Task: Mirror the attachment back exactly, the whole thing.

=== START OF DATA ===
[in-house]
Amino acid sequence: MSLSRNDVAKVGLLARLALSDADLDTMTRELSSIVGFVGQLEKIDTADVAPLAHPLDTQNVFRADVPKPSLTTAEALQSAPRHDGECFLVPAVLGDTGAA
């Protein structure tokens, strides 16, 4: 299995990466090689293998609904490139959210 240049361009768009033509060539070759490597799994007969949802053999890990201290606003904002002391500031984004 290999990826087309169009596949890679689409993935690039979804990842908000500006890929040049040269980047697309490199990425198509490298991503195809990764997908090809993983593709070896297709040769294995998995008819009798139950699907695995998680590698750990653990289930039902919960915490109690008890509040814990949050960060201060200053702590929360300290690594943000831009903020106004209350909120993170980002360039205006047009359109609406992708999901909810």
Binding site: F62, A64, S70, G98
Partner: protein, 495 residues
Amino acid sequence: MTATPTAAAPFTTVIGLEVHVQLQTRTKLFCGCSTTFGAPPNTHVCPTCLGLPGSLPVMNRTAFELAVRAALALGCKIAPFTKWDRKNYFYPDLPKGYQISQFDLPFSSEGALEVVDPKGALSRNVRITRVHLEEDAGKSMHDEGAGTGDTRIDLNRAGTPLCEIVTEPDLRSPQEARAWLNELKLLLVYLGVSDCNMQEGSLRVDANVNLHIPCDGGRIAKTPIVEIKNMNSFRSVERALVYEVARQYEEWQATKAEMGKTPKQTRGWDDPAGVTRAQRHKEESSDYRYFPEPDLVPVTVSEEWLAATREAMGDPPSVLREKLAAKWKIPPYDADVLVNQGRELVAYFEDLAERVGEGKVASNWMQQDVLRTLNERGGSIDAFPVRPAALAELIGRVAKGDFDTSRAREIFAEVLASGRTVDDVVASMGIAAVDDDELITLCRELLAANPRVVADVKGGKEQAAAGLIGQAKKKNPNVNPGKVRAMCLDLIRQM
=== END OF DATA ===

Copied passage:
[in-house]
Amino acid sequence: MSLSRNDVAKVGLLARLALSDADLDTMTRELSSIVGFVGQLEKIDTADVAPLAHPLDTQNVFRADVPKPSLTTAEALQSAPRHDGECFLVPAVLGDTGAA
């Protein structure tokens, strides 16, 4: 299995990466090689293998609904490139959210 240049361009768009033509060539070759490597799994007969949802053999890990201290606003904002002391500031984004 290999990826087309169009596949890679689409993935690039979804990842908000500006890929040049040269980047697309490199990425198509490298991503195809990764997908090809993983593709070896297709040769294995998995008819009798139950699907695995998680590698750990653990289930039902919960915490109690008890509040814990949050960060201060200053702590929360300290690594943000831009903020106004209350909120993170980002360039205006047009359109609406992708999901909810």
Binding site: F62, A64, S70, G98
Partner: protein, 495 residues
Amino acid sequence: MTATPTAAAPFTTVIGLEVHVQLQTRTKLFCGCSTTFGAPPNTHVCPTCLGLPGSLPVMNRTAFELAVRAALALGCKIAPFTKWDRKNYFYPDLPKGYQISQFDLPFSSEGALEVVDPKGALSRNVRITRVHLEEDAGKSMHDEGAGTGDTRIDLNRAGTPLCEIVTEPDLRSPQEARAWLNELKLLLVYLGVSDCNMQEGSLRVDANVNLHIPCDGGRIAKTPIVEIKNMNSFRSVERALVYEVARQYEEWQATKAEMGKTPKQTRGWDDPAGVTRAQRHKEESSDYRYFPEPDLVPVTVSEEWLAATREAMGDPPSVLREKLAAKWKIPPYDADVLVNQGRELVAYFEDLAERVGEGKVASNWMQQDVLRTLNERGGSIDAFPVRPAALAELIGRVAKGDFDTSRAREIFAEVLASGRTVDDVVASMGIAAVDDDELITLCRELLAANPRVVADVKGGKEQAAAGLIGQAKKKNPNVNPGKVRAMCLDLIRQM